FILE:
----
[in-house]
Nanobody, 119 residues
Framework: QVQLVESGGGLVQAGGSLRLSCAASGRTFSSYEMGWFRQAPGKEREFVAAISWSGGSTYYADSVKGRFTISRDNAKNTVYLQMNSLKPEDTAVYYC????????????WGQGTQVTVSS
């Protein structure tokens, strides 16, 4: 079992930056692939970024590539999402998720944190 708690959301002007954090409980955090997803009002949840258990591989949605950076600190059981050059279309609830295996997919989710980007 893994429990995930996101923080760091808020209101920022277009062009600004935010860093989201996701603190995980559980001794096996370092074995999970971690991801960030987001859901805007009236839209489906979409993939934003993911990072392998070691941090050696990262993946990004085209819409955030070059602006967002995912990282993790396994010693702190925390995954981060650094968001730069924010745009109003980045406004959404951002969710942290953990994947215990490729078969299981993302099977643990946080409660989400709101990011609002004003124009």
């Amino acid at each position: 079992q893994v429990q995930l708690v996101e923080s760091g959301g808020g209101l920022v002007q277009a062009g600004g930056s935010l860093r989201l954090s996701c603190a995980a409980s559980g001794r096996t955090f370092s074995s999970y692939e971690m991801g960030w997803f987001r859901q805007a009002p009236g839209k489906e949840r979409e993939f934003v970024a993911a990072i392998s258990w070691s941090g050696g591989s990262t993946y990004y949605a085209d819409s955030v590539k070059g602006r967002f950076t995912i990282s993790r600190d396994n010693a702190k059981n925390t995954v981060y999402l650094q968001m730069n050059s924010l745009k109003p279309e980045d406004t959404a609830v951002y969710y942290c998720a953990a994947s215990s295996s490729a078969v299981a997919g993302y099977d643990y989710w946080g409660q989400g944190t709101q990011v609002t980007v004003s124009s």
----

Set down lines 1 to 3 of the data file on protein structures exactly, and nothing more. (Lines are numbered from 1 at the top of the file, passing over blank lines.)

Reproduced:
[in-house]
Nanobody, 119 residues
Framework: QVQLVESGGGLVQAGGSLRLSCAASGRTFSSYEMGWFRQAPGKEREFVAAISWSGGSTYYADSVKGRFTISRDNAKNTVYLQMNSLKPEDTAVYYC????????????WGQGTQVTVSS